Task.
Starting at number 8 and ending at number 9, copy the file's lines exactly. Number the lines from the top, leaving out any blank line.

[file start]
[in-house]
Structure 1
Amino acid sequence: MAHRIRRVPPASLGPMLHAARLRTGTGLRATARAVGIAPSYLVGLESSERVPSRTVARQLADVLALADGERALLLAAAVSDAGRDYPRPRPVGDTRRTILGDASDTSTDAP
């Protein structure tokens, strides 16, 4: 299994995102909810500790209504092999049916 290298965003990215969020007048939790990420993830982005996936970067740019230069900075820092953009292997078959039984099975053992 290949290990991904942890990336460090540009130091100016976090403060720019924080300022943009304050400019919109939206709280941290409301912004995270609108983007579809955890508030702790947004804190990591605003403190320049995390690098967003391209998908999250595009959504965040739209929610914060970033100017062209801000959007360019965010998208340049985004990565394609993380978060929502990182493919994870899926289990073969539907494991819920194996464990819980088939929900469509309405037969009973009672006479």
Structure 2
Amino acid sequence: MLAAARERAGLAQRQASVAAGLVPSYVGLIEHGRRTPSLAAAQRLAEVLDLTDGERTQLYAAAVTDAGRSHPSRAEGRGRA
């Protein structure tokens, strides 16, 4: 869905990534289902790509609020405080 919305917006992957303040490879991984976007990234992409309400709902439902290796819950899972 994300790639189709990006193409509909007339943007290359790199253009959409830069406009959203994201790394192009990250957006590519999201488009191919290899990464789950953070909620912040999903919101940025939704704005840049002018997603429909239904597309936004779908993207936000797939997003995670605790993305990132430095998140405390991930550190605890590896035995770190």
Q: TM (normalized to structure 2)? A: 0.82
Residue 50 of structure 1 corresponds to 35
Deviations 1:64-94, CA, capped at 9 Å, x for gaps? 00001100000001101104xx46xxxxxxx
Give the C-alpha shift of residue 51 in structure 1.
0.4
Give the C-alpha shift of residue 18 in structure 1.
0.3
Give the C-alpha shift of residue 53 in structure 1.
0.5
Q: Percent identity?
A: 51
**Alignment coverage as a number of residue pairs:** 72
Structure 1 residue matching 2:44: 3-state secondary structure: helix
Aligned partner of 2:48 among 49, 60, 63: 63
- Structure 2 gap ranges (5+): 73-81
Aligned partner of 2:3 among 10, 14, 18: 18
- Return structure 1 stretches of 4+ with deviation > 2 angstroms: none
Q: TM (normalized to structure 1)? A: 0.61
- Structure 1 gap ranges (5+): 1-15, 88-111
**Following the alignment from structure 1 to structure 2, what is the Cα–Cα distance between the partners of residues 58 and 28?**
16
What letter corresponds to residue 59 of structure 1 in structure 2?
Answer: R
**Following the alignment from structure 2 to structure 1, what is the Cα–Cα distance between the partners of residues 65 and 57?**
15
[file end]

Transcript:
Q: TM (normalized to structure 2)? A: 0.82
Residue 50 of structure 1 corresponds to 35